One of the key points of efficacy is that a RCT is involved. A randomised control trial is a type of research where participants are randomly assigned to each of the treatment conditions and strict controls are instigated to reduce confounds. A confound is something not accounted for, that might affect the result. That is, any possible cause of effectiveness has to be eliminated, except for that which can only be attributed to the treatment being investigated (Bower, 2003).

In therapy versus drug-treatment trials, researchers strictly control the recruitment of participants, assess the current health of each participant in a standardised, formal and reportable way; only include participants of a particular type (eg. participants who score above a particular score on a test); randomly assign each participant to one research condition; train and monitor therapists to make sure they are all doing the same thing and assess each participant in the same way at the same intervals (Bower, 2003). Researchers use RCTs to achieve a high internal validity for their drug and therapy studies because it demonstrates their research is unbiased (Bower, 2003).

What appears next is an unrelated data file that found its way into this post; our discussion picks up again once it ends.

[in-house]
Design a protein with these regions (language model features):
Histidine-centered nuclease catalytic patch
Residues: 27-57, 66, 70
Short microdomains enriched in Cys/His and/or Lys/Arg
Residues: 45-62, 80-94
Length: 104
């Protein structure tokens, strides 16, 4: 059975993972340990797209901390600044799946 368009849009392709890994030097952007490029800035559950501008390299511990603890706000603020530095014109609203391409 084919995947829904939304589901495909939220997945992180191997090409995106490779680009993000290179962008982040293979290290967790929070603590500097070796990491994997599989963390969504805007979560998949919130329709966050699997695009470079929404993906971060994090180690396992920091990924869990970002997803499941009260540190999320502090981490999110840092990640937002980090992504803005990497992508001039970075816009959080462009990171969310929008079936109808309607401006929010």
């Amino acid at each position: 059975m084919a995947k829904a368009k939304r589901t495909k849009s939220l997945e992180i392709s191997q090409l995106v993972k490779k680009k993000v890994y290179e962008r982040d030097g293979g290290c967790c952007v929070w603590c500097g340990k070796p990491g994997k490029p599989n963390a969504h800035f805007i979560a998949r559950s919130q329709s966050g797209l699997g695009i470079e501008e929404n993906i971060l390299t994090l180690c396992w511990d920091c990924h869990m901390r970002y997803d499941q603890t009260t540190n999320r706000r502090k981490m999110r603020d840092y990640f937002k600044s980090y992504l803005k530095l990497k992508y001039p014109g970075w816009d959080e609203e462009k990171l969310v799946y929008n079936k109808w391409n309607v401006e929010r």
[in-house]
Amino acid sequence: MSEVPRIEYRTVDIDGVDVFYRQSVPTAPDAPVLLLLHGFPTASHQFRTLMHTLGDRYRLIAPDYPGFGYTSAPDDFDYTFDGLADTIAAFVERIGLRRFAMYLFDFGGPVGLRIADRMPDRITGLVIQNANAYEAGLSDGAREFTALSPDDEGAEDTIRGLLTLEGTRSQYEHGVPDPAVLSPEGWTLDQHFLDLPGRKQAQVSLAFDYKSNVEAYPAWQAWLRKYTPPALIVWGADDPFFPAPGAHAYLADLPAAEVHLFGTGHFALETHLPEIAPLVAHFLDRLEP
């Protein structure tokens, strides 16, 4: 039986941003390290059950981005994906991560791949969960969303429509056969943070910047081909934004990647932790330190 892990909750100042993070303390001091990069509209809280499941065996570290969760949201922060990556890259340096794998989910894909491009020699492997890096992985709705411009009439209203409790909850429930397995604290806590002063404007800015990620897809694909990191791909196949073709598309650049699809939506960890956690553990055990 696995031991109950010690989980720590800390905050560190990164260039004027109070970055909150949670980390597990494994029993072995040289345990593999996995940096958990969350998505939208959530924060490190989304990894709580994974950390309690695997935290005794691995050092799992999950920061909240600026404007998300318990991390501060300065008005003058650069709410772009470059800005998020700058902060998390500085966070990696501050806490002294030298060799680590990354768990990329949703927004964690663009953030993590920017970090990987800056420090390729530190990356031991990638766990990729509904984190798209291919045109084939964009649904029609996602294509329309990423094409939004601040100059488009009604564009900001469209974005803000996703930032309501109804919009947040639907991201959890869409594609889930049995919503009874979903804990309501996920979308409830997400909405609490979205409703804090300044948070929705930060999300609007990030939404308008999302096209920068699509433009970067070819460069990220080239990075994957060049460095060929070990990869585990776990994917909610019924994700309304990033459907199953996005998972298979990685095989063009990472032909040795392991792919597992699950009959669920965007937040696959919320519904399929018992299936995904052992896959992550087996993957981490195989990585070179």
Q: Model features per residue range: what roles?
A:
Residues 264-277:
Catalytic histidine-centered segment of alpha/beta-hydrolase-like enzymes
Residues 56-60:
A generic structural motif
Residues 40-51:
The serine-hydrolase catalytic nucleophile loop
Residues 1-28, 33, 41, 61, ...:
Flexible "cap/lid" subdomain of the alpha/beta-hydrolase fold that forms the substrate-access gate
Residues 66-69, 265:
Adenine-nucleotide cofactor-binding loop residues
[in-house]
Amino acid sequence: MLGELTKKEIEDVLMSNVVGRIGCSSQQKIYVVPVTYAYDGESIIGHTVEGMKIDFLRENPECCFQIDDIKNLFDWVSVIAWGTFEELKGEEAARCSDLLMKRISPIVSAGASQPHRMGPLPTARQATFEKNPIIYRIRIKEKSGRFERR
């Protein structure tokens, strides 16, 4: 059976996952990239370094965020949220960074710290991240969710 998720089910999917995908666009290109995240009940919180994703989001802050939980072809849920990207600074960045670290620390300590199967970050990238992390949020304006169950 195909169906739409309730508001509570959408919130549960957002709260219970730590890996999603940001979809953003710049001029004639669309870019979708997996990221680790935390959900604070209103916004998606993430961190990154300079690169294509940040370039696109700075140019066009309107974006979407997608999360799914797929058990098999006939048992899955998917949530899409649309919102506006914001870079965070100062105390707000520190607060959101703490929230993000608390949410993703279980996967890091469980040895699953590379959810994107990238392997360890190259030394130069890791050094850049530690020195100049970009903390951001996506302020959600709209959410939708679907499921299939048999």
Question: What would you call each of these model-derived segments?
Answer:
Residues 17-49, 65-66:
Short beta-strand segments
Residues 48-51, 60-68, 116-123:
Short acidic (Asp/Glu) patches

High internal validity means that not only do the research findings come from the specific variables tested but the research can be replicated by someone else and produce comparable results. It is important to note however, that just because research is successfully replicated often, that does not make the effect/findings true (Jacobson & Hollon, 1996). If the research is carried out in the same way each time and there are confounding variables in play, then the findings are not true no matter how many times the research is done.

Efficacy research is not easy to implement, especially when it involves the use of therapists. Therapists vary in their skills and in personality (Jacobson et al. 1996). It would seem that no matter how well a script is followed it would be very difficult for a therapist to rehearse every possible response they would make to every possible client response. Thus the results of the trial can only be truly representative of real life if those exact conditions are met all the time. As it is highly unlikely that the research conditions are going to occur naturally (in real life), the research results cannot be generalised or applied outside the research setting (Bower, 2003; Jacobson & Hollon, 1996).